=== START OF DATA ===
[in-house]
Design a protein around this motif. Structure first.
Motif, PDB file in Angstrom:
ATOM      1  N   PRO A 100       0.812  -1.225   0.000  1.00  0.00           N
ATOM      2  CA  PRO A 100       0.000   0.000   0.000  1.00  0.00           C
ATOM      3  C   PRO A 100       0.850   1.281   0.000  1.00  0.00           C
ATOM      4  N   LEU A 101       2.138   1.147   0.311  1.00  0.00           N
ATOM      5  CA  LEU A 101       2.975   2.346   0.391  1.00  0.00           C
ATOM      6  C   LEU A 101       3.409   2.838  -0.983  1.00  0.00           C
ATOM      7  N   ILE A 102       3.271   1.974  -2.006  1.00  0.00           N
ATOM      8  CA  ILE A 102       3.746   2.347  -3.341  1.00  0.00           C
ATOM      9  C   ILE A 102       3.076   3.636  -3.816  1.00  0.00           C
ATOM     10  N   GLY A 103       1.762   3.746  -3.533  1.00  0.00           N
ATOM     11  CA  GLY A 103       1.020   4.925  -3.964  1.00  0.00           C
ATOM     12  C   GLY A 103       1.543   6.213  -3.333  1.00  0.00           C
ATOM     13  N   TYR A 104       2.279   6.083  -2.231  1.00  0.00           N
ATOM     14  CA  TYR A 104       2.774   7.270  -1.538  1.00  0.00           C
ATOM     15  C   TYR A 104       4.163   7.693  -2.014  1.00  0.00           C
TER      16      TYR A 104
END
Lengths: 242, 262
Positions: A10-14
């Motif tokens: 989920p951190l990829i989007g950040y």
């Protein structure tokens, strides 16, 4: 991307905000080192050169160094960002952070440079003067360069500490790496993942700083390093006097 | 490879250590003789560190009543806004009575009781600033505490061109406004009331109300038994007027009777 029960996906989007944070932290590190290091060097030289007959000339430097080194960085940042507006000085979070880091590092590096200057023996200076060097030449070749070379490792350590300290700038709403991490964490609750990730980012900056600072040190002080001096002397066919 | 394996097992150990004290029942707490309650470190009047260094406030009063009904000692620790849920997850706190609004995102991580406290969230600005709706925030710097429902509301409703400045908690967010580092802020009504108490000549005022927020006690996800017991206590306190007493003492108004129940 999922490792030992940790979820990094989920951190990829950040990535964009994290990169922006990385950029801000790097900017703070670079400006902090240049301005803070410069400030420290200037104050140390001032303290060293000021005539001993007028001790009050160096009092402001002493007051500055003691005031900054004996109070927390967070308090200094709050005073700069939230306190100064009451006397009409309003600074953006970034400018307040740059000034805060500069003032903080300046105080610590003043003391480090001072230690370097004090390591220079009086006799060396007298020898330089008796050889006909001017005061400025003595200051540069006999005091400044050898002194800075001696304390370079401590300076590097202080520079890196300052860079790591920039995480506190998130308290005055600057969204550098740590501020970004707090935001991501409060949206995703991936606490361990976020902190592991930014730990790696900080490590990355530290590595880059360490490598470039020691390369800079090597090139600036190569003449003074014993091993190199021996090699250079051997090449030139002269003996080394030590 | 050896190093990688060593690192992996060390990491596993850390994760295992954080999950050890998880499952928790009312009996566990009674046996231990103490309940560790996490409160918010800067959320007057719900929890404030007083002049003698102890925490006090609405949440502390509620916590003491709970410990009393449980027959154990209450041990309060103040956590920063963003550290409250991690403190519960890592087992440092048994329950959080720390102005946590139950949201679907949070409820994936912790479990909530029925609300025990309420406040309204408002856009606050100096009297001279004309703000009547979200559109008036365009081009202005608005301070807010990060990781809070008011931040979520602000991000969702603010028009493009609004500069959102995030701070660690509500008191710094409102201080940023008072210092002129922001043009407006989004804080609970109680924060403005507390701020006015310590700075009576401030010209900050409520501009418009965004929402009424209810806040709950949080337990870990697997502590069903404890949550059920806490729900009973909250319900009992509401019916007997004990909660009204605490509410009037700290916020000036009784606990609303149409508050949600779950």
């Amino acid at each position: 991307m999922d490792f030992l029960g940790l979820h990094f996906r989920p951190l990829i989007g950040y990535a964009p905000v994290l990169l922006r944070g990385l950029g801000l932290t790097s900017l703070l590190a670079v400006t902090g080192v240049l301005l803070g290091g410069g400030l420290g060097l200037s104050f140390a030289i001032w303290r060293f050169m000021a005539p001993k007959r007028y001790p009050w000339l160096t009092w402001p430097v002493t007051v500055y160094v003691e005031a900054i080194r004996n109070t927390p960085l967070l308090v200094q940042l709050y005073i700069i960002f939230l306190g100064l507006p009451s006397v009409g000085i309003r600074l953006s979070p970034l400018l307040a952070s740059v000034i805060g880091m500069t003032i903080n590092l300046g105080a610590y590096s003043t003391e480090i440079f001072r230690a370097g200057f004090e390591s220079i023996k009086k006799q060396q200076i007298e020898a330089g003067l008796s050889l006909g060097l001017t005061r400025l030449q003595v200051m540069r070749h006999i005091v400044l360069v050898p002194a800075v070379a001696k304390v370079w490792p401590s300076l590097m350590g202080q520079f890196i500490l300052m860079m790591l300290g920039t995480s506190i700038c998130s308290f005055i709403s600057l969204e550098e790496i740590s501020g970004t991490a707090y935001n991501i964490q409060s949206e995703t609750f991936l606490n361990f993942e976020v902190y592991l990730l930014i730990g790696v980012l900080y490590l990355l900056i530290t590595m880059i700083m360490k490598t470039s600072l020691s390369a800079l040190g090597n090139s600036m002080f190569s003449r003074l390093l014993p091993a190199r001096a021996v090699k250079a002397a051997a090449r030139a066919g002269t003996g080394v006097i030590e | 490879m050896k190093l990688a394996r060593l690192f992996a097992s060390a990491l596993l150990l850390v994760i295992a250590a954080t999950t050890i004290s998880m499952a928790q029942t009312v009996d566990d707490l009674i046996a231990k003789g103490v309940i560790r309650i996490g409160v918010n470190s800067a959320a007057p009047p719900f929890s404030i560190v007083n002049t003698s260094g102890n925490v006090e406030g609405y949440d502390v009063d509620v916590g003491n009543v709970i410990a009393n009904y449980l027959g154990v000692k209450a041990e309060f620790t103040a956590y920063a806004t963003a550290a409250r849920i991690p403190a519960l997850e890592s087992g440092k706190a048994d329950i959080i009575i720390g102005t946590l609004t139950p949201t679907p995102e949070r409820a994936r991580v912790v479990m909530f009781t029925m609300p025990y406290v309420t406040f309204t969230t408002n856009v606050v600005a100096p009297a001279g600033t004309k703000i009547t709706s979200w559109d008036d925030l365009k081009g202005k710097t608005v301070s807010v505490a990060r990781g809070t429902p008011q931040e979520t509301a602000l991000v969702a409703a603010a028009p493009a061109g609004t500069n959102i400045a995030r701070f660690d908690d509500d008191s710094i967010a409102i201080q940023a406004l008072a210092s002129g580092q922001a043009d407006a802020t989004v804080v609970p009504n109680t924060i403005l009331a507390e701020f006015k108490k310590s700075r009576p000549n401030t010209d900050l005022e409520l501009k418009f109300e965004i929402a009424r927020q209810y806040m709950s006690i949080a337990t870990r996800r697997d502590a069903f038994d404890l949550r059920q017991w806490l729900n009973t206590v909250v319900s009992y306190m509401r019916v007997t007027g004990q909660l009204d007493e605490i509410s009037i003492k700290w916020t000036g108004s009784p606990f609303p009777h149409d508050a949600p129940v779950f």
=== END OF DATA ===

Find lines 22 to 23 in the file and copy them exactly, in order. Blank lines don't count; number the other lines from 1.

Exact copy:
Positions: A10-14
């Motif tokens: 989920p951190l990829i989007g950040y």